All STEM careers are rooted in discovery of some form or another. Discovery requires hypotheses building, analysis, fact finding, process of elimination, and so much more. Creating a treasure hunt and/or going on a treasure hunt lights up all the parts of the brain as your typical Archaeologist, Bio-Engineer, Plant Engineer, Systems Analyst, Forestry Manager, and Geologist. Always encourage discovery in your young explorer. You never know if they'll be the next great ocean cartographer that finds an ancient viking ship on the floor of the Indian ocean.
Seriously, this activity can literally be done ANYWHERE. All it takes is a little imagination.
Project Materials List
Paper (for map...if you even want to do a map. You could just do clues.)
Slips of paper for clues that direct you to the next clue.
Pen or Pencil
A prize (or multiple prizes if you want to have a prize with each clue) e.g. candy, a small toy, a fresh new pack of socks and underwear (note: Socks and underwear are funny to parents, not kids.)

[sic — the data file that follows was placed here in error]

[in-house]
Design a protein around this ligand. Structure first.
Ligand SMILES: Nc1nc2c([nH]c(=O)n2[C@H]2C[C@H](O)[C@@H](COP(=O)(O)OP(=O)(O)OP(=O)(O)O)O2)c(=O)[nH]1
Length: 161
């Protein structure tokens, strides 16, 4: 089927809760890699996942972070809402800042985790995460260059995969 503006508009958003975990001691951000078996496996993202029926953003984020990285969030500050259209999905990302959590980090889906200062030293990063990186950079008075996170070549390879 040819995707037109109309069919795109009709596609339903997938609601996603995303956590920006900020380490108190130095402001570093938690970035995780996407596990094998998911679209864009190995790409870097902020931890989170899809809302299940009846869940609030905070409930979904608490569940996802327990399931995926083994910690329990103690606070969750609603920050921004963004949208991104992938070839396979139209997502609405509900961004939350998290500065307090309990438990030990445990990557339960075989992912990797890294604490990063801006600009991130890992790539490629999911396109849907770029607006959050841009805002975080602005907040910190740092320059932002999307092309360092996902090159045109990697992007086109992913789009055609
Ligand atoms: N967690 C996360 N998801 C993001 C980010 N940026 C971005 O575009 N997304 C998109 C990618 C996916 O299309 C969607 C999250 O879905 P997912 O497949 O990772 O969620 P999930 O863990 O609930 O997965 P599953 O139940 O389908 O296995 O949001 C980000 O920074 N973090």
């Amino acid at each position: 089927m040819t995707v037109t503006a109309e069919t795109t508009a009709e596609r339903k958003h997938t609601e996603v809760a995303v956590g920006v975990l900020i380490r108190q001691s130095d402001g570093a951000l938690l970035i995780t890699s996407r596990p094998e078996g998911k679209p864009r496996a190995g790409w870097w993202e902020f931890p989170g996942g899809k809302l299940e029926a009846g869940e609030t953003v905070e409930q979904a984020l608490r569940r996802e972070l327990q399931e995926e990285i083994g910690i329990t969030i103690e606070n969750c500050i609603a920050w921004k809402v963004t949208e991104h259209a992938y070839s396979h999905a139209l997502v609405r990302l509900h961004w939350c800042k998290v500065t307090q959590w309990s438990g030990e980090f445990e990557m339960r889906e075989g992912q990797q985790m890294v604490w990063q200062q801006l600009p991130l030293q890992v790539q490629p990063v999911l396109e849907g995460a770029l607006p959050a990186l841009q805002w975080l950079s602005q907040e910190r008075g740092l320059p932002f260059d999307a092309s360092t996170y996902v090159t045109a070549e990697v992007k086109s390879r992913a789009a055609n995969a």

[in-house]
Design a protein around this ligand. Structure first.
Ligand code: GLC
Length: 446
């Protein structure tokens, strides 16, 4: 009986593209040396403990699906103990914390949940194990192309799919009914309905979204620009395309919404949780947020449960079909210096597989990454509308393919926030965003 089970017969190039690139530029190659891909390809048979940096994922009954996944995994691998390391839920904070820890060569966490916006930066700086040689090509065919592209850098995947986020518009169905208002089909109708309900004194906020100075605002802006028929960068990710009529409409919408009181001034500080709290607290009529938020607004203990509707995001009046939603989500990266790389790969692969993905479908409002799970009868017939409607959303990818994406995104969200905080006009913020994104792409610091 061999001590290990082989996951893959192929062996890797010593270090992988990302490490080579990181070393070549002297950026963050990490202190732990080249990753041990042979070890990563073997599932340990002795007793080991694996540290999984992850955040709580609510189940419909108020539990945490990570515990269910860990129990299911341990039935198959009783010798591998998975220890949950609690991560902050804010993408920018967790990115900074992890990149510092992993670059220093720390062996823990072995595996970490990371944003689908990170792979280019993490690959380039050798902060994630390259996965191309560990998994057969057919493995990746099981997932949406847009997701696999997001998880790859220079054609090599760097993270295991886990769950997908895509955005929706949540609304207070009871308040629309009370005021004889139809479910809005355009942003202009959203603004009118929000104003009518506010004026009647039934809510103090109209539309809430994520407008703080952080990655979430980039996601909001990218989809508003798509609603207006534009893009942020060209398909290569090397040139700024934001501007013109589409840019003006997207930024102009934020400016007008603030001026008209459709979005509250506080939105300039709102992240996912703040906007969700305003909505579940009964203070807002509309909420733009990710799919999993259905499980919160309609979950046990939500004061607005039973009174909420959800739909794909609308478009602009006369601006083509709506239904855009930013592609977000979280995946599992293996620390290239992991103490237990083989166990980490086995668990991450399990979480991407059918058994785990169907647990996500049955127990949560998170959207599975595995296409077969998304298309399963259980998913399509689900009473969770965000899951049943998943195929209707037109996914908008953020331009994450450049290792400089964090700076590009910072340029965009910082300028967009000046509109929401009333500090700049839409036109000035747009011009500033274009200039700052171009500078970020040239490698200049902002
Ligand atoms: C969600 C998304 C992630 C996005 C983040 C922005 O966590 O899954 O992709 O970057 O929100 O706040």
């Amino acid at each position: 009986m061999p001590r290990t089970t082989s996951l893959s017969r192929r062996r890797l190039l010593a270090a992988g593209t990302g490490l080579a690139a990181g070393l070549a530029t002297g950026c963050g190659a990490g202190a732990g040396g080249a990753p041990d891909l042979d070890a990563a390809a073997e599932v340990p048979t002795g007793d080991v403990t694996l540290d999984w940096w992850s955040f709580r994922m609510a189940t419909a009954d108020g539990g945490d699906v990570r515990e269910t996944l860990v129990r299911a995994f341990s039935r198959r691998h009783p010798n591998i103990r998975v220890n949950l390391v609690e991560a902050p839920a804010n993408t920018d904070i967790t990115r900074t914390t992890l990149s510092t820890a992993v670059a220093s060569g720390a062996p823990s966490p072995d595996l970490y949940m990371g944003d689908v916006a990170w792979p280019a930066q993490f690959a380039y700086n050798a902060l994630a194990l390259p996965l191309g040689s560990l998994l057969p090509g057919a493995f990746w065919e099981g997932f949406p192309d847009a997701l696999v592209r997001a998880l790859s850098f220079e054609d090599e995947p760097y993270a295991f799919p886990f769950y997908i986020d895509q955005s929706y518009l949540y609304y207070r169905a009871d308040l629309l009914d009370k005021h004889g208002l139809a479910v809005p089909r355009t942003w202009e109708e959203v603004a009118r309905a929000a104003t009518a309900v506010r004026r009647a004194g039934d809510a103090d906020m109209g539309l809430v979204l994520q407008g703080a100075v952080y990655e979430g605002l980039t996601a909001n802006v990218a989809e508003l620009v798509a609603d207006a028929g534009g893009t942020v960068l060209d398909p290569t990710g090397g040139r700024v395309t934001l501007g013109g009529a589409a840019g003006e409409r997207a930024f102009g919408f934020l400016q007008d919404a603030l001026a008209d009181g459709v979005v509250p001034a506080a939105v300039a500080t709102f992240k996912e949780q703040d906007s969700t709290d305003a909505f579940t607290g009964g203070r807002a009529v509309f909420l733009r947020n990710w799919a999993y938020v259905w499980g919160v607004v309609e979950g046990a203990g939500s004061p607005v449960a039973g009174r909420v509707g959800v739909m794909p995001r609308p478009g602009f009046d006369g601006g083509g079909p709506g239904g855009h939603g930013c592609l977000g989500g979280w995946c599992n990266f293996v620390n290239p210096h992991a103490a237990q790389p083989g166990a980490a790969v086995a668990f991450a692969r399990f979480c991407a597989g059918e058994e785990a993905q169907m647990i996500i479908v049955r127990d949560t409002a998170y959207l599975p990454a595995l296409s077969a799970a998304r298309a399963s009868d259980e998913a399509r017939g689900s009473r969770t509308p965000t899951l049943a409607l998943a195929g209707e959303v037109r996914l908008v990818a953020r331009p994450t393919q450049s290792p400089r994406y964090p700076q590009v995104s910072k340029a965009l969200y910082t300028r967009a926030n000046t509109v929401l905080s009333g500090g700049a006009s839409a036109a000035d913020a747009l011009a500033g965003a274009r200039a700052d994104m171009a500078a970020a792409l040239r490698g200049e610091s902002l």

Related Web Links
There are lots of great "thought-starters" on this web page to help you get your treasure hunt set up.
Ideas, Notes, & Tips
Resist the urge to micro manage. That doesn't help the free learning process.
Let them make mistakes. Mistakes are an important element in the learning process.
In the future, anticipate a bout of boredom and set everything up the night before - after they go to bed. Once breakfast is over and boredom starts to set up, maybe you just happen to stumble upon a treasure map or first clue. Their excitement will take it from there.
Feel free to use basic household items and/or old toys they haven't played with in a while as your prizes.